The ability to travel together, retaining the connections that have been sorely missed by many throughout the pandemic is a tempting prospect, made more so by the rise in jet charters. Private jets aren’t just for a quick trip to the sun, either: chartering takes in services such as courier flights and larger aeroplane usage. Air cargo services require specialist knowledge, especially when it comes to the handling of sensitive or urgent goods, with charter companies like ACS also working with aid agencies to deliver cargo to remote or dangerous locations.
However, with all this capability and safety comes fuel consumption. A study by Europe’s leading clean transport NGO, Transport & Environment, showed that European private jet CO2 emissions increased by 31 per cent between 2005 and 2019, faster than commercial aviation emissions. While COVID-19 tempered growth, private aviation has bounced back in much ruder health than commercial flight, leading to an even greater discrepancy in emissions.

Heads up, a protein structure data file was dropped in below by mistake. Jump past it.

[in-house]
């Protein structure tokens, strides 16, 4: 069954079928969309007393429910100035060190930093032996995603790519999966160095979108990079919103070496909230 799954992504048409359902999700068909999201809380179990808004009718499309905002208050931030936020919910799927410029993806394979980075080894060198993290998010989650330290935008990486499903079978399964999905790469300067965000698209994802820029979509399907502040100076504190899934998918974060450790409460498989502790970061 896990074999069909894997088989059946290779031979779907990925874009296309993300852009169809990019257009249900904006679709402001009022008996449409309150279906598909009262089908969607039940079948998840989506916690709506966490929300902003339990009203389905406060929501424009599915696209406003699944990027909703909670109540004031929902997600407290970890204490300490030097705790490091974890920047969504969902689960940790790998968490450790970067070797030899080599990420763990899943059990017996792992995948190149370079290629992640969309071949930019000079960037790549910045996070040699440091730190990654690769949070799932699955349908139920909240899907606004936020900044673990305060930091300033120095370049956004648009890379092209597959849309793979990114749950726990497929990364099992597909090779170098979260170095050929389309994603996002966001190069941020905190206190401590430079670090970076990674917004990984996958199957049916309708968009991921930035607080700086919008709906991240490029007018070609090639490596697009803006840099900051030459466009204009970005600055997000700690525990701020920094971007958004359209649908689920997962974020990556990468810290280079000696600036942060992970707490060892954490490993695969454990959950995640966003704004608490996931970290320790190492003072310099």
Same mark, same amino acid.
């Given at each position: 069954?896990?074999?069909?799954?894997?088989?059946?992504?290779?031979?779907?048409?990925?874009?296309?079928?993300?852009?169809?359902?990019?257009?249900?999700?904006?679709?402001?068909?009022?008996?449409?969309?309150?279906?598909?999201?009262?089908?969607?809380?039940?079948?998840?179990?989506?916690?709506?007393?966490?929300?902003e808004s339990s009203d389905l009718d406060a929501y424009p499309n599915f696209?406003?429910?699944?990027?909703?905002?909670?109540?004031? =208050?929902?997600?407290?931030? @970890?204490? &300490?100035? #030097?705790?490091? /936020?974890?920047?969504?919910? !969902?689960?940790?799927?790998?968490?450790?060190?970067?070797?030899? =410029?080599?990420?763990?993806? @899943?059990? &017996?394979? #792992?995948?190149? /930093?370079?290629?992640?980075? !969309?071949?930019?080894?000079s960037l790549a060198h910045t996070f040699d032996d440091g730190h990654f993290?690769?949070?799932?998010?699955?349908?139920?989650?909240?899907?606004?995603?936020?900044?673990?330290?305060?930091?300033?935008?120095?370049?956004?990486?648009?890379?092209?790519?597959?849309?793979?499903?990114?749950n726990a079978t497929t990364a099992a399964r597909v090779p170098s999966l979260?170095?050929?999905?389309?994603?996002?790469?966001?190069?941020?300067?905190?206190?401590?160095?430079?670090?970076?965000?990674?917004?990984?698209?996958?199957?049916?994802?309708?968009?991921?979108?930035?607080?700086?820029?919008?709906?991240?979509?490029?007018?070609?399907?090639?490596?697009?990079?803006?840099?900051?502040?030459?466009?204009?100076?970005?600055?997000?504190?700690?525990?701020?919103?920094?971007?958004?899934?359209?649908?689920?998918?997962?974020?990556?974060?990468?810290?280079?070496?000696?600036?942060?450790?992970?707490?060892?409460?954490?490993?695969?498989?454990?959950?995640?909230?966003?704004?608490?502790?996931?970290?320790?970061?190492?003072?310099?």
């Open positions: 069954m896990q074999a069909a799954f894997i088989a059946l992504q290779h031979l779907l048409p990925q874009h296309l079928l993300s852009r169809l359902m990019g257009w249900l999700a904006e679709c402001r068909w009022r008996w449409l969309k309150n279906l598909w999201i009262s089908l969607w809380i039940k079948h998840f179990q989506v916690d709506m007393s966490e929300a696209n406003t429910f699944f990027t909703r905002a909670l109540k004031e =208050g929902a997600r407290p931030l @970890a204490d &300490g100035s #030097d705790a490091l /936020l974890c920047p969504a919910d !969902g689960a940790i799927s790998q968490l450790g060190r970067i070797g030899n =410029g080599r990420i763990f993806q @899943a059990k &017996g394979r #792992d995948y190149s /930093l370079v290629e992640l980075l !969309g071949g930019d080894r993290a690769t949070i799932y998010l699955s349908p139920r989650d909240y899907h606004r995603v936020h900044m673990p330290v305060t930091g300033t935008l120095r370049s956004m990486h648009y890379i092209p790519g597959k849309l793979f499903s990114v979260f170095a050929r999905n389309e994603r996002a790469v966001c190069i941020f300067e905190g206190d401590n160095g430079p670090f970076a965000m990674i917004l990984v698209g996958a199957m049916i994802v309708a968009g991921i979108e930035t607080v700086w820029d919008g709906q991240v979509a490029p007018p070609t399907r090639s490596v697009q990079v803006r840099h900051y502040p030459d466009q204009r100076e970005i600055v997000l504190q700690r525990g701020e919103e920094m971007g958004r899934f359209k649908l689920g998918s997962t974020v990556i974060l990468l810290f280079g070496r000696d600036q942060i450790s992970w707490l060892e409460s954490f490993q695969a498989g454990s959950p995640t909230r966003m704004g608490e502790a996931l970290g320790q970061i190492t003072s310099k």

It’s a fine balance to strike: while private jets are a large contributor to aviation’s disproportionate effect on the environment, the funding behind the industry has the potential to help develop new, cleaner aviation technology. Transport & Environment has called for a ticket and fuel tax on each short-haul private flight until 2030, when they expect hydrogen or electric aircraft to be able to regularly take over the job. The proposed levy would raise hundreds of millions of pounds, potentially accelerating more environmentally-friendly flying.
Private charters have thrived through the pandemic, as more people discover the benefits. Similar to working from home and the growing concept of the four day week, don’t expect the industry to revert to the status quo.
For more information on ACS or to book your next flight, visit aircharterservice.com
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